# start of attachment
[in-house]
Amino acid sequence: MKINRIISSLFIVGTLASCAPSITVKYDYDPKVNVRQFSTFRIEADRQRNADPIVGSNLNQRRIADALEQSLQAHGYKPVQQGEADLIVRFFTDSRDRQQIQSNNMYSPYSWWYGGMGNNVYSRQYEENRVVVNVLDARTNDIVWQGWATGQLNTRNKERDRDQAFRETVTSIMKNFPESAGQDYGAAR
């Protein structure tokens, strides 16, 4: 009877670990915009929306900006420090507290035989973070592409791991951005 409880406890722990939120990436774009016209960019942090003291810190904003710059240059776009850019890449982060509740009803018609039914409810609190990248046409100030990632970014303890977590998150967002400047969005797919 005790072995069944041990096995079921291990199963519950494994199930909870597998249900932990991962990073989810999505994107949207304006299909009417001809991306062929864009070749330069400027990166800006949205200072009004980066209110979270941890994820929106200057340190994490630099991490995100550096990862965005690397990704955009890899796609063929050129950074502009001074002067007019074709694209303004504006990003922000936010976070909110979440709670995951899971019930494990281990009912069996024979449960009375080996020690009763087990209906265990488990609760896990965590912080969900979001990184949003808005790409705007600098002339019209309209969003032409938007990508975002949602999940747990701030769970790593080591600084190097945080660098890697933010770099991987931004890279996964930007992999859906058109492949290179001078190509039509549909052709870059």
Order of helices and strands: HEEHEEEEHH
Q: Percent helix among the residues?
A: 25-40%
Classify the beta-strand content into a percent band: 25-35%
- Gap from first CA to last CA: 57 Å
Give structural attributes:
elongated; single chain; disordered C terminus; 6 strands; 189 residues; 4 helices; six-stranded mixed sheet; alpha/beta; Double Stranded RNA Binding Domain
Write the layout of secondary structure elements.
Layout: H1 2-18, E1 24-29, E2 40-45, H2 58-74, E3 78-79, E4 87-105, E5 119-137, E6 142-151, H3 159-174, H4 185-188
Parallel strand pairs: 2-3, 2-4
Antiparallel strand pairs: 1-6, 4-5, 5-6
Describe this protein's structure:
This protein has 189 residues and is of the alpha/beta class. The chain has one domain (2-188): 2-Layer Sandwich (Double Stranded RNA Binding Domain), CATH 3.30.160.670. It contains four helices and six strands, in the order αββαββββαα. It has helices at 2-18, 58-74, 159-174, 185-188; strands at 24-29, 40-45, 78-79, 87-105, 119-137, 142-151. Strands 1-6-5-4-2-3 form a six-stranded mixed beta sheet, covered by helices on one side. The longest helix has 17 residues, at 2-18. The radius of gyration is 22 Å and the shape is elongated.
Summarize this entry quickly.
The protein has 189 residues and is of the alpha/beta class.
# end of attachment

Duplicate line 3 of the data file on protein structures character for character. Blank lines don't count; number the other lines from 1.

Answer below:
């Protein structure tokens, strides 16, 4: 009877670990915009929306900006420090507290035989973070592409791991951005 409880406890722990939120990436774009016209960019942090003291810190904003710059240059776009850019890449982060509740009803018609039914409810609190990248046409100030990632970014303890977590998150967002400047969005797919 005790072995069944041990096995079921291990199963519950494994199930909870597998249900932990991962990073989810999505994107949207304006299909009417001809991306062929864009070749330069400027990166800006949205200072009004980066209110979270941890994820929106200057340190994490630099991490995100550096990862965005690397990704955009890899796609063929050129950074502009001074002067007019074709694209303004504006990003922000936010976070909110979440709670995951899971019930494990281990009912069996024979449960009375080996020690009763087990209906265990488990609760896990965590912080969900979001990184949003808005790409705007600098002339019209309209969003032409938007990508975002949602999940747990701030769970790593080591600084190097945080660098890697933010770099991987931004890279996964930007992999859906058109492949290179001078190509039509549909052709870059």